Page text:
Residential Architecture Project - River Edge, NJ

Single-family Residence in River Edge, NJ

The winter of 2014 was bitterly cold. During a particularly cold week a water pipe on the second floor of the house froze and broke. The homeowners were traveling out of the country and unaware of the tens of thousands of gallons of water filling their basement.


Brian Rolph of Restoration and Decorating General Contracting, and one of the first emergency responders controlling and abating the disaster, brought me in on this job once the restoration phase of the work began and I could begin my services on the design of the renovation.


The homeowners had many wonderful qualities, among them they were extremely accommodating and wonderfully forward-thinking. Case in point, the time it takes for an architect to accomplish his or her work regularly surprises project owners. Our home-makeover, reality TV show mentality in our society suggests a new kitchen or bath remodeling project can be drawn by a designer over the weekend and built by a contractor within a few weeks.


Not so. And the homeowners with this specific project understood this before we ever met. They had a good sense of the demands made upon the services of a hired professional, as they were professionals themselves, and it was they who set the tone for ample time to focus on work, a tone that paved the way for good results. They were the antithesis of the old adage ‘haste makes waste.’

Damaged House

damaged bedroom

The house interior was completely damaged from all of the water passing through all of its levels. The homeowners had the option to repair what had been damaged; and, to that end, architectural services may not have been needed at all. However, they were more forward-thinking and chose to improve the house beyond mere replacement of damaged materials; they chose to add on to the house and reconfigure the spaces of the first floor.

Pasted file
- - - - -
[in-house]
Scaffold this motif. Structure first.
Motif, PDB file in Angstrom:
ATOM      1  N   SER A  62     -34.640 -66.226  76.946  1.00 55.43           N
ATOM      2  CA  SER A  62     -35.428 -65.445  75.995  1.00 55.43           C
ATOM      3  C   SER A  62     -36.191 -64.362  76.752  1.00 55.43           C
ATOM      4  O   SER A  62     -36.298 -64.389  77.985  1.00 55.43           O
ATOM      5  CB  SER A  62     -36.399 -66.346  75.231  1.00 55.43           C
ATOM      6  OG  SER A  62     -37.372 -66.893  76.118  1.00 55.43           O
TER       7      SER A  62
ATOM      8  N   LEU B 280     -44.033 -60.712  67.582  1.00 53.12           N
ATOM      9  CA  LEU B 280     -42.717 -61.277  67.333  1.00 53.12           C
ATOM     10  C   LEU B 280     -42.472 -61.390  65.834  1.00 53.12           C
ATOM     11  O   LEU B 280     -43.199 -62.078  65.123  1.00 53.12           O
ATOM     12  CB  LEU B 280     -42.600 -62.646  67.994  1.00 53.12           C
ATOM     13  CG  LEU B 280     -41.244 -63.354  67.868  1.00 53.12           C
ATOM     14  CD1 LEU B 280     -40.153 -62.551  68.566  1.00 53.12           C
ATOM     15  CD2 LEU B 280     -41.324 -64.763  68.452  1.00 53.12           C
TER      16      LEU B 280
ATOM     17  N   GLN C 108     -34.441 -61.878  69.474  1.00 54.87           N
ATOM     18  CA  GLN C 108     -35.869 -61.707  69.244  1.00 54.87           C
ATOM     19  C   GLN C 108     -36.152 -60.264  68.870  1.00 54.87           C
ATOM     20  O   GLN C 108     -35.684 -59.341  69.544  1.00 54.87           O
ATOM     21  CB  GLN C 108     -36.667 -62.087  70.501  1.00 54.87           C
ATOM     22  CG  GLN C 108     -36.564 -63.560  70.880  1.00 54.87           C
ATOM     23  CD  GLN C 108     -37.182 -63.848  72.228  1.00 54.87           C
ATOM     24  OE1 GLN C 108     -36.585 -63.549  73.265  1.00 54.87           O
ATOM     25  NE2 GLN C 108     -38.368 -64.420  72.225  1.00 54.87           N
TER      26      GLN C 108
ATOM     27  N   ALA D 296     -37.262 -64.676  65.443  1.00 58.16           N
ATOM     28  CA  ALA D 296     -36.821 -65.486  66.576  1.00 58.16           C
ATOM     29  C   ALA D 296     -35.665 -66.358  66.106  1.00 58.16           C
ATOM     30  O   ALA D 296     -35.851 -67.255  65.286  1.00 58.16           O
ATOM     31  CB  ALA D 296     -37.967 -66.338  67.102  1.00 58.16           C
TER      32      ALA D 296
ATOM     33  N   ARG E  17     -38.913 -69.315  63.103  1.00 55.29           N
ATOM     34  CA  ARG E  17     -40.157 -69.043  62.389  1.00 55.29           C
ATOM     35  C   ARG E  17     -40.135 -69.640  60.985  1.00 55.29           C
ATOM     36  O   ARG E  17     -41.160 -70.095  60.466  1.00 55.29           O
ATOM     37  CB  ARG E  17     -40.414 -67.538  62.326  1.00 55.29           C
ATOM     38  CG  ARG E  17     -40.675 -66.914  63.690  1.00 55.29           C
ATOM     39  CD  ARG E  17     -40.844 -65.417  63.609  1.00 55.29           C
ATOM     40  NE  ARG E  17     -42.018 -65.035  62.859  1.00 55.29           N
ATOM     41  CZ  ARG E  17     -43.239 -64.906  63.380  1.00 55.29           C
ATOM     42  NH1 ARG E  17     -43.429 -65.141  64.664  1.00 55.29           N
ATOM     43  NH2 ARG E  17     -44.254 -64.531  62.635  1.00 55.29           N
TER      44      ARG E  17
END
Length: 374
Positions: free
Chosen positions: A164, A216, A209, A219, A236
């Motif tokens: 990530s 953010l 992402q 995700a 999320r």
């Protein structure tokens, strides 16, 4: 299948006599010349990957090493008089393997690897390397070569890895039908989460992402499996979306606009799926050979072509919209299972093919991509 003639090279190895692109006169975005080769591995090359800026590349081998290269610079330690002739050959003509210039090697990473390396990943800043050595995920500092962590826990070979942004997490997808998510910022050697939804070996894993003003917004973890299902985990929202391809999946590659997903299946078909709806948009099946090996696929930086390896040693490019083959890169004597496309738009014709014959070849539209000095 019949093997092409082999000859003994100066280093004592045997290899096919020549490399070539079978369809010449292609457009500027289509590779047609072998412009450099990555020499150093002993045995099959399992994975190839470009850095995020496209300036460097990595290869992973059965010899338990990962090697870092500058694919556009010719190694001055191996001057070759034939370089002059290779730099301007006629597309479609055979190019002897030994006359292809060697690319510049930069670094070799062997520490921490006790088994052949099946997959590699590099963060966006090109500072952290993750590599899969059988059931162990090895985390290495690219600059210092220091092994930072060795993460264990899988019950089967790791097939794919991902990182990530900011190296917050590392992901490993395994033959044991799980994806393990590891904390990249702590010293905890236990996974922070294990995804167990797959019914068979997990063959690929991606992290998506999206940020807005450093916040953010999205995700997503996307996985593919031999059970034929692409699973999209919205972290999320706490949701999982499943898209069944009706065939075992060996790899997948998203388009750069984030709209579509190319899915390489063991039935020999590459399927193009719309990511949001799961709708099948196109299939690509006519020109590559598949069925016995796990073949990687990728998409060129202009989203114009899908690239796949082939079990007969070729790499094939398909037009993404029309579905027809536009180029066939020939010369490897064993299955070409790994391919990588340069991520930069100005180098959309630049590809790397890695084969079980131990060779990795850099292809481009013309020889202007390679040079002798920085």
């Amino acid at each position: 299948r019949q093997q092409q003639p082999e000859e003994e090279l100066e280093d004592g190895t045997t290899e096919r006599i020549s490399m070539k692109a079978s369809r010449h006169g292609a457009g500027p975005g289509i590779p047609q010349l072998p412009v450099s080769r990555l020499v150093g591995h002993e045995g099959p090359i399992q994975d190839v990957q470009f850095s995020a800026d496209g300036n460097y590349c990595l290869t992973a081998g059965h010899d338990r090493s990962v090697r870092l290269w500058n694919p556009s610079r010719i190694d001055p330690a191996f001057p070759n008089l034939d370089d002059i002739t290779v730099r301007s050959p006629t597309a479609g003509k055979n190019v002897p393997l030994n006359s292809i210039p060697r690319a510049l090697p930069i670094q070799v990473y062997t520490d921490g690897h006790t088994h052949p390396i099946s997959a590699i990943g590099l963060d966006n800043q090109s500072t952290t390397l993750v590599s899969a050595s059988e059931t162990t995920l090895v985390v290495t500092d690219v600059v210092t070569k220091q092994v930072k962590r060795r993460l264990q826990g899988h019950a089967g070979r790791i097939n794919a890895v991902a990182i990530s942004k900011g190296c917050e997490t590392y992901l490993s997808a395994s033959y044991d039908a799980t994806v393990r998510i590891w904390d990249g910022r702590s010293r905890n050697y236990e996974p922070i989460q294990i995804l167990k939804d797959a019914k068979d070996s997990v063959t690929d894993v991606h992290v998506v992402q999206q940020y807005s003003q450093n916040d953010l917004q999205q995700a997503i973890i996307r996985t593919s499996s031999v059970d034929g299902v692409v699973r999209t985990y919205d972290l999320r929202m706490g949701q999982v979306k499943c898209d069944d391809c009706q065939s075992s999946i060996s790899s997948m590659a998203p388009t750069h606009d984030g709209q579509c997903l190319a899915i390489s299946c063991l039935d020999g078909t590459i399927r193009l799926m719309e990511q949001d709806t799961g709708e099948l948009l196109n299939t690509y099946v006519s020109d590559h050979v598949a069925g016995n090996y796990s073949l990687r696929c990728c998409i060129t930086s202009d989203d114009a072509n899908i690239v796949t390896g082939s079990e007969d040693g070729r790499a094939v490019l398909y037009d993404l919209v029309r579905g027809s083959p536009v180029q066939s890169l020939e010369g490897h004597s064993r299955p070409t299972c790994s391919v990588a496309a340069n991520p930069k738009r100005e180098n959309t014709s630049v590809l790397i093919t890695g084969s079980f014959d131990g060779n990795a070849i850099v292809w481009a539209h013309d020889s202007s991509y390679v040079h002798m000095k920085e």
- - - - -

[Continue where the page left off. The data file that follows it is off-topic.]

The existing dining room was too small and not directly accessible from the kitchen; they had to cross the family room to reach the dining room, an inconvenience when transporting food and place settings.


The homeowners had the interest of opening up the kitchen, dining room, and family room to convert the three separated rooms into a large, single room.


I liked their idea of opening up the spaces. From an architectural sense, today’s modern lifestyle regularly combines multiple and simultaneous functions. Homes built 100 years ago responded to a set of lifestyle criteria that was quite different than today’s. For example, the kitchen of 1920’s was meant specifically for individuals, often just one, to prepare food. Today, in addition to cooking, the residential kitchen is a gathering, meeting, and social space shared by the family, at least, and guests, most certainly. So, today’s kitchen requires a spatial configuration that is less compartmentalized and capable of handling the dynamic of a heavier traffic flow and pools of congregation. The design of this specific project, among most others designed by us, accommodated this lifestyle retro-fit.

Other areas of the project included expanse of the master bedroom. A new en suite bathroom and closet area was located within the new addition to the house, back-to-back with the modified kitchen located in the other half of the addition.


The stairs to the second floor, which separated the formal living room from the kitchen and family room side of the house and was enclosed by walls and accessed through a hinged door, was opened up to add to the overall visual flow of the first floor.


A full bath accessible from the upstairs hallway has rezoned to be included within an existing bedroom by relocation of the bedroom entry farther into the hallway.


A second bedroom on the second floor was expanded through placement of a new study area located over the first floor master suite addition.


The basement was completely gutted down to the bare concrete and refinished with wall board, tile floor and gypsum board ceiling. The spatial configuration of the laundry room, recreation room, and mechanical room remained as it was pre-disaster.


A French drain was added along the perimeter walls of the basement, leading to a new sump pit. Both tactics implemented to ensure the proper draining of any future water entering the basement.


All wall, floor, and ceiling finishes were replaced throughout the house and that broken water pipe on the second floor was most definitely replaced.

existing basement

Stairs Before After exterior before after bedroom before after basement before and after

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